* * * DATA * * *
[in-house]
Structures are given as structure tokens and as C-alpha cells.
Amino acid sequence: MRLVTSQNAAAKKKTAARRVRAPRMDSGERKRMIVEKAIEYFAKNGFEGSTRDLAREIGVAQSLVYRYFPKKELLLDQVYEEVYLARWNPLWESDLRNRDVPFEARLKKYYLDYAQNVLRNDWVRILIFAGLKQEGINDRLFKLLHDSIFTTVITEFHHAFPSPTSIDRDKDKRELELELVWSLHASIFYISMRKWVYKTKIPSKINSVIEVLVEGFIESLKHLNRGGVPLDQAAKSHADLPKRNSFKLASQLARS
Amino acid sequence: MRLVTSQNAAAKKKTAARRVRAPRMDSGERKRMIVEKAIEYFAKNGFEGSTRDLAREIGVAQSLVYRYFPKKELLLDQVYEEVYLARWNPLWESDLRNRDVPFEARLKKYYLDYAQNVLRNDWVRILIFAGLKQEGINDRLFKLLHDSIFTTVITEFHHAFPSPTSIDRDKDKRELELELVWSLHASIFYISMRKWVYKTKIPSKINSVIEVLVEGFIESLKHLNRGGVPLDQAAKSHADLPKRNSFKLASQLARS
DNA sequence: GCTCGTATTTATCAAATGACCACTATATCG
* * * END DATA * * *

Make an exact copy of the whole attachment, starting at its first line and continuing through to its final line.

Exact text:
[in-house]
Structures are given as structure tokens and as C-alpha cells.
Amino acid sequence: MRLVTSQNAAAKKKTAARRVRAPRMDSGERKRMIVEKAIEYFAKNGFEGSTRDLAREIGVAQSLVYRYFPKKELLLDQVYEEVYLARWNPLWESDLRNRDVPFEARLKKYYLDYAQNVLRNDWVRILIFAGLKQEGINDRLFKLLHDSIFTTVITEFHHAFPSPTSIDRDKDKRELELELVWSLHASIFYISMRKWVYKTKIPSKINSVIEVLVEGFIESLKHLNRGGVPLDQAAKSHADLPKRNSFKLASQLARS
Amino acid sequence: MRLVTSQNAAAKKKTAARRVRAPRMDSGERKRMIVEKAIEYFAKNGFEGSTRDLAREIGVAQSLVYRYFPKKELLLDQVYEEVYLARWNPLWESDLRNRDVPFEARLKKYYLDYAQNVLRNDWVRILIFAGLKQEGINDRLFKLLHDSIFTTVITEFHHAFPSPTSIDRDKDKRELELELVWSLHASIFYISMRKWVYKTKIPSKINSVIEVLVEGFIESLKHLNRGGVPLDQAAKSHADLPKRNSFKLASQLARS
DNA sequence: GCTCGTATTTATCAAATGACCACTATATCG